So how can I write novels? What danger did Professor Kingston use to write her books?

Her most well-known is Woman Warrior, so maybe you can guess where she picked her battles.

So we can pick our battles, then? Decide on what danger drives us? Well then, what do I got?

I think what it boils down to is that I’m in danger of becoming an automaton. A listless carbon copy. 

automatonWe all are, really, in our own ways. I don’t talk about it too much because it can sound (and get) a little batty, but at core I totally buy into the risks Wallace outlined in Infinite Jest, and those Huxley did in Brave New World, and Burgess in The Wanting Seed, and dozens of others in their own way.

I’m also, at core, a lazy bastard, and would just as soon lie about all day and every evening flicking through the “news” channels, flipping through the paper, watching B movies and reading Tom Clancy books and sci-fi and fantasy series, and, like water moving downhill, find the path of least resistance through life. I know the attraction of group think, of agreeing with my friends and the masses in general, of avoiding confrontation and debate.

But there’s something about that, some twinge at the back of my mind, that bugs me, that voice that says, “meeehhh, I’m not quite sure that’s how things go, how they should be, that that’s all there is.”

And mostly that’s it. That’s the extent of my insight – a twinge of skepticism.  Time was, I’d deal with that little voice in other ways besides writing – float it off down a river of Bushmills, say – but nowadays, I leave that twinge alone and see where it takes me.

I have little if any real conviction. I’m not a Man of Principle. But I am curious, and I do doubt, if either of those count for anything, which I think they do. I doubt a lot of things, most things even. Doubt is the most common feeling/emotion/reaction to life that I have. Sure, it can border on crippling if you constantly doubt and second-guess yourself or your writing or your purpose in life, but most things are crippling if they’re too intensely focused on oneself. For the most part, kept in its proper proportion, that omnipresent doubt is the greatest motivator in my life.

Doubt gets me off my lazy ass and in front of the keyboard. 

Some Buddhists say that doubt is the better part of faith, primarily because it drives investigation – of the world, of society, of culture and ego and the self and our behavior in response to all of these things – and it is only through such inquiry that we can learn and understand and see through the bullshit. Because in a lot of ways, that’s what life’s all about, right? We all know or feel – some of us all the time, others only every now and again – that there’s some serious bullshit going on, that there’s some game being played without our consent and definitely without our knowing all the rules.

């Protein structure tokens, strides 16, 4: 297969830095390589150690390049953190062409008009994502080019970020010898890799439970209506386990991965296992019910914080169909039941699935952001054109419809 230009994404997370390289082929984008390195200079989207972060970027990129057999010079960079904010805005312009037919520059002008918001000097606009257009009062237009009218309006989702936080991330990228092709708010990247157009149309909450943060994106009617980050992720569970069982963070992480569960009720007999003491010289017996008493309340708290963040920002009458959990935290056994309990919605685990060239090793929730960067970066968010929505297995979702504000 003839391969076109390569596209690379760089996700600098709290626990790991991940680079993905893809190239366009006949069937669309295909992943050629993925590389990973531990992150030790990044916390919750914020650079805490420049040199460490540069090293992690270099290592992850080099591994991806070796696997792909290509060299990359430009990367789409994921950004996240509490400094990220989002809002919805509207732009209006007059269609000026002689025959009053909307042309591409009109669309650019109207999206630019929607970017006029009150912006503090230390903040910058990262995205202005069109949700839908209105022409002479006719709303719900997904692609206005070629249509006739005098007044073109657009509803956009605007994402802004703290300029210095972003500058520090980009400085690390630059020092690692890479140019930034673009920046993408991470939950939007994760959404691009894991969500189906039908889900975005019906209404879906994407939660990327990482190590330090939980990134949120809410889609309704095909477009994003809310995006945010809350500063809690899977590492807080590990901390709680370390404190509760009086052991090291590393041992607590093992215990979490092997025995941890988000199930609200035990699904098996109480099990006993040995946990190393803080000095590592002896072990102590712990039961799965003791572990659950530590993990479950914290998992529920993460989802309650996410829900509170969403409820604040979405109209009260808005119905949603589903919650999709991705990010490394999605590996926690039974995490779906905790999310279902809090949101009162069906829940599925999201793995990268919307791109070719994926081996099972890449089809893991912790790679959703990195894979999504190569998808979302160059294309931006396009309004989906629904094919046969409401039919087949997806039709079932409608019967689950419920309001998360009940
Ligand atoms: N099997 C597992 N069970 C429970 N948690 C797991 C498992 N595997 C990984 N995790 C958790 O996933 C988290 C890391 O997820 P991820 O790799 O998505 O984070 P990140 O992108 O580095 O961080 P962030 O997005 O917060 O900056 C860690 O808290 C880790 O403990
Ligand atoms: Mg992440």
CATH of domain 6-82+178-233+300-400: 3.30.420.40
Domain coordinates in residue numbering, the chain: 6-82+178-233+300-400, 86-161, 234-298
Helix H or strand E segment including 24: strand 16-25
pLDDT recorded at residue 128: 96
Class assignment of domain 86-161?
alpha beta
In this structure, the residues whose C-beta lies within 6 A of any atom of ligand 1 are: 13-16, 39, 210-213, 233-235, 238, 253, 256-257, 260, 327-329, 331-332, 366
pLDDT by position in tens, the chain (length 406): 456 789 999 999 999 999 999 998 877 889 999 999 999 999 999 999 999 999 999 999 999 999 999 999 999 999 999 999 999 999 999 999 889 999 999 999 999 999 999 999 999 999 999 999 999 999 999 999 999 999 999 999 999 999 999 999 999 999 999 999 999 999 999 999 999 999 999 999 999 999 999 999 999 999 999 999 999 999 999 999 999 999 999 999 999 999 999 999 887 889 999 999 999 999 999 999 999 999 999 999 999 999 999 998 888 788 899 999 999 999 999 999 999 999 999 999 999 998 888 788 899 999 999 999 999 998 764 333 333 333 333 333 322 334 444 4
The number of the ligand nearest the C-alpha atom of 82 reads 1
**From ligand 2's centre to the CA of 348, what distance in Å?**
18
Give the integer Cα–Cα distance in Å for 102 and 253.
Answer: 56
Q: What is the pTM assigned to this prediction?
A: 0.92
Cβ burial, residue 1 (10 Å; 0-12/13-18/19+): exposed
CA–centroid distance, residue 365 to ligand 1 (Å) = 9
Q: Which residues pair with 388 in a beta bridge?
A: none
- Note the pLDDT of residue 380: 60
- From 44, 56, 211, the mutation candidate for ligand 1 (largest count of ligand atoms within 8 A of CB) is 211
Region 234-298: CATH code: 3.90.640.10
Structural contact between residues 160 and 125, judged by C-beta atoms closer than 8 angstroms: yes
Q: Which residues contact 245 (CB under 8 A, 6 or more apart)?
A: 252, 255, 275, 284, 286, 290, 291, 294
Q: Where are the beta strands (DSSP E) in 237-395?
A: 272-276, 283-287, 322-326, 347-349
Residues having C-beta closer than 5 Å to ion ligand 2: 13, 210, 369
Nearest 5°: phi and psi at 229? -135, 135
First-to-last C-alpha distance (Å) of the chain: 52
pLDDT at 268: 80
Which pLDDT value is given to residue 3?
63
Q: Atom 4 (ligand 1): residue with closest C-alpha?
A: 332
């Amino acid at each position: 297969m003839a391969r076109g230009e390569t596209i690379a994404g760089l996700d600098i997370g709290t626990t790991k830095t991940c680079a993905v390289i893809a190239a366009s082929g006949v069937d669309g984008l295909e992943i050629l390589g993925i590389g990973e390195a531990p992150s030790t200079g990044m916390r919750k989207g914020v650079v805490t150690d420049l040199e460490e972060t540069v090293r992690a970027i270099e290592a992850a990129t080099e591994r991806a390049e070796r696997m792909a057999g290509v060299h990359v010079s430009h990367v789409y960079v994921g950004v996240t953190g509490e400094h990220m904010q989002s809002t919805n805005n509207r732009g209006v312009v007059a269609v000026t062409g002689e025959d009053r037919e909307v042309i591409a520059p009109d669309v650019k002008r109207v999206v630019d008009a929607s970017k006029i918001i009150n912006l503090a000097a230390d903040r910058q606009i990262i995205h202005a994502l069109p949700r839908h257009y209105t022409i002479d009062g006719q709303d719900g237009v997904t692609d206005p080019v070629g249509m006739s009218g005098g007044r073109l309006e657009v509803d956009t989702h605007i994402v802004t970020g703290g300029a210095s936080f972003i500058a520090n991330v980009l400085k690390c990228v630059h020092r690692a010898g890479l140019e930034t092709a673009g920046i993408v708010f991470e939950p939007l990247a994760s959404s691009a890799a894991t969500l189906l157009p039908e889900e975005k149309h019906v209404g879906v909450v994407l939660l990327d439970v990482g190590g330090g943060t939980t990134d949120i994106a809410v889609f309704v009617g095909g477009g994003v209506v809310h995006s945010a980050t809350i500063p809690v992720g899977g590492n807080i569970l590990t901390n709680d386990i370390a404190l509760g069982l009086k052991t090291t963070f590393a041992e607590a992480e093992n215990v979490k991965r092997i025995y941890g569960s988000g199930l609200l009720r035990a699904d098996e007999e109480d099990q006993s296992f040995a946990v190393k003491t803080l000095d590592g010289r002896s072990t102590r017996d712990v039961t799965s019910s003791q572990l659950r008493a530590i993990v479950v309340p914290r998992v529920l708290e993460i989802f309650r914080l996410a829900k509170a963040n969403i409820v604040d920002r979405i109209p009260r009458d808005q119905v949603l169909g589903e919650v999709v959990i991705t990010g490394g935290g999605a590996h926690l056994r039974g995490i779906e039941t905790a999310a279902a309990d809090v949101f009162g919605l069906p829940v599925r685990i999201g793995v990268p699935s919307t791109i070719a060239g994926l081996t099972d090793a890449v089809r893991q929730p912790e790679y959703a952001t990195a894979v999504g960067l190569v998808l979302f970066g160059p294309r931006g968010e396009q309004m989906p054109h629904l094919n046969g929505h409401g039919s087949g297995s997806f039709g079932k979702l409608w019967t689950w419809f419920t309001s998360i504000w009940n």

I have a friend who’s going through some dating bullshit right now, and she’s been feeling kinda bad about how she’s been acting here and there, fending off but also buying into accusations that she’s “psycho” or “crazy” or whatever. But she told me yesterday that she had an epiphany and feels better because she “realized it’s not the actions themselves that make me feel bad, it’s that I place myself in this category of women who are by today’s standards, crazy.” She was growing tired of those “psycho” accusations, and in growing tired, started to doubt their validity, and that doubt created the space for this realization to squeak through that at least for the time being is making her reevaluate who she is and how she’s acting and who she listens to and how she lets what she does hear affect her – in short, in some little tiny way, it’s changing her life.

And that’s a profound thing, right? To realize that the games that are going on are not even real games but illusory ones, games created by people who don’t know any better, who don’t even know they’re creating or perpetuating these constructs and expectations that they’re foisting on anyone and everyone that comes into contact with them — to realize that, right up until the moment of realization, we were those people who didn’t know any better.

Have a couple of these types of epiphanies – or satori, as the Japanese would call it – and you begin to suspect that there are a LOT more to be had. You begin to doubt everything. If you let it, this can take over your life, and you’ll either go crazy or join a monastery. Or both.

But if you find a way to funnel the energy created by this kind of realization and doubt, then you’re really onto something. Some people go to church, some people volunteer or do some other kind of service work, some people quit their corporate jobs and start a raw-dairy co-op, some people take up painting or guitar or poetry or surfing or chess. Some people simply absorb it, knock a bit of the sharpness off their edges, act a little softer towards the world, react a little less. It’s like your skin gets thicker and your heart gets tenderer at the very same time.

If that sounds like Trungpa, that’s because it is.


And these are the things that drive me to write. I think they drive a lot of writers to write. Investigative journalists doubt the story, doubt the press release, doubt the party line, doubt the soundbites. Sports writers doubt their ability to do what they’re writing about – okay, mostly they know all about their inability to do it – and that creates awe. (Or they doubt Mark McGwire’s ability to hit 70 home runs, and that creates a story…)